A winding up petition is a petition to bring the life of a company to an end. From the point of view of a creditor (person/company to whom money is owed), commencing winding up proceedings should be regarded as a last resort.

Under section 122 Insolvency Act 1986 (“IA 1986”), there are certain prescribed circumstances in which a winding up petition can be filed with the court. One of those prescribed circumstances is when a company is unable to pay debts in excess of £750.

During winding up proceedings, the court will only consider whether one or more of the prescribed circumstances under section 122 Insolvency Act 1986 has been satisfied. When a debt is disputed, a winding up petition should not be filed, as the court will not attempt to resolve the dispute prior to considering whether the company is unable to pay its debts.

There is long-standing case law addressing the issue of filing a winding up petition when the debt is disputed. In the majority of cases, the courts will strike out a winding up petition if the company subject to the petition has substantial grounds in which to dispute the debt.

However, there are exceptional circumstances when a Court will not strike out a winding up petition relating to a disputed debt, even if the company subject to the petition has substantial grounds in which to dispute the debt.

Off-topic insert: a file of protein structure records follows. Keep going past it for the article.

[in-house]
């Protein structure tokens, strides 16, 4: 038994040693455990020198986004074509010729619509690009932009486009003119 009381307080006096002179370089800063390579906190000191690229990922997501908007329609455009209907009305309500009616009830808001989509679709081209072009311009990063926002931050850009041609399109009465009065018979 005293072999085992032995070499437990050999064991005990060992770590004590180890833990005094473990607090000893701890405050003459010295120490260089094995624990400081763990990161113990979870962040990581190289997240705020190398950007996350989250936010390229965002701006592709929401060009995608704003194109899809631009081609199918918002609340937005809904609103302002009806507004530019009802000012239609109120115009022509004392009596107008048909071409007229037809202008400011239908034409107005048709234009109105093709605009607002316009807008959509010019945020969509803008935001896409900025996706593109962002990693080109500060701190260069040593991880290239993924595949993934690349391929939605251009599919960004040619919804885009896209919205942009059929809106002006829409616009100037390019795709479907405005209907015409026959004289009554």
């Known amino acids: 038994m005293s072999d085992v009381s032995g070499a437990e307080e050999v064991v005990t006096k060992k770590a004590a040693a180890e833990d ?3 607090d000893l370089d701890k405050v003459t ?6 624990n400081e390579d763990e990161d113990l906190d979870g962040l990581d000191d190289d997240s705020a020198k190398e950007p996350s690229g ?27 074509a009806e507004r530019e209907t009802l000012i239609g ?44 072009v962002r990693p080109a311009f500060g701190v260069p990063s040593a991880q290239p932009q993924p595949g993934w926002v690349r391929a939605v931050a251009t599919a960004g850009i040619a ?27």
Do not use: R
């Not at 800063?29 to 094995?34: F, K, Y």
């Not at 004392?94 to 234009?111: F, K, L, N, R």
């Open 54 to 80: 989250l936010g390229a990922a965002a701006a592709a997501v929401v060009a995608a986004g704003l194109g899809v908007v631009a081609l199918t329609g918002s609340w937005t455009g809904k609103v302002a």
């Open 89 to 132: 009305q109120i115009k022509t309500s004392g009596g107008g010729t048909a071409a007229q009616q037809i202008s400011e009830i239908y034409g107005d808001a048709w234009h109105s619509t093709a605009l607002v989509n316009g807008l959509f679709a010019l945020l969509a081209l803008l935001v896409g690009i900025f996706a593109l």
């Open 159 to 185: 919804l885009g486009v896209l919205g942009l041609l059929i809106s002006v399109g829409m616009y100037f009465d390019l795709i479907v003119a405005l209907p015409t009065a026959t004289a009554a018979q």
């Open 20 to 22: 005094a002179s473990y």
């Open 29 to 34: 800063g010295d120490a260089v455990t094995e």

In the case of Lacontha Foundation v GBI Investments [2010] EWHC 37 (Ch), the court decided that exceptional circumstances in which a winding up order shall be granted in relation to disputed debts, includes where:

  • there was no adequate alternative remedy for the creditor;
  • the company would not be solvent, even if the court was to disregard the petition debt; or
  • the court considered that winding up the company would cause no prejudice to the company.

Unless there are exceptional circumstances, the courts generally considers the filing of a winding up petition in relation to a disputed debt as a debt collecting exercise and an abuse of process.

Despite the case law on winding up petitions relating to disputed debts, petitioners will still file winding up petitions, as they know that by filing and serving a petition upon a company, the company subject to the petition will feel pressured and may pay the disputed debt, in order to avoid the negative stigma and potential harm caused by winding up proceedings.

Upon receiving a winding up petition, a company has a limited amount of time to respond in order to avoid consequential damage from the winding up proceedings. One method in which the company can respond is by making an urgent application to prevent the advertisement of the petition and strike out the winding up petition.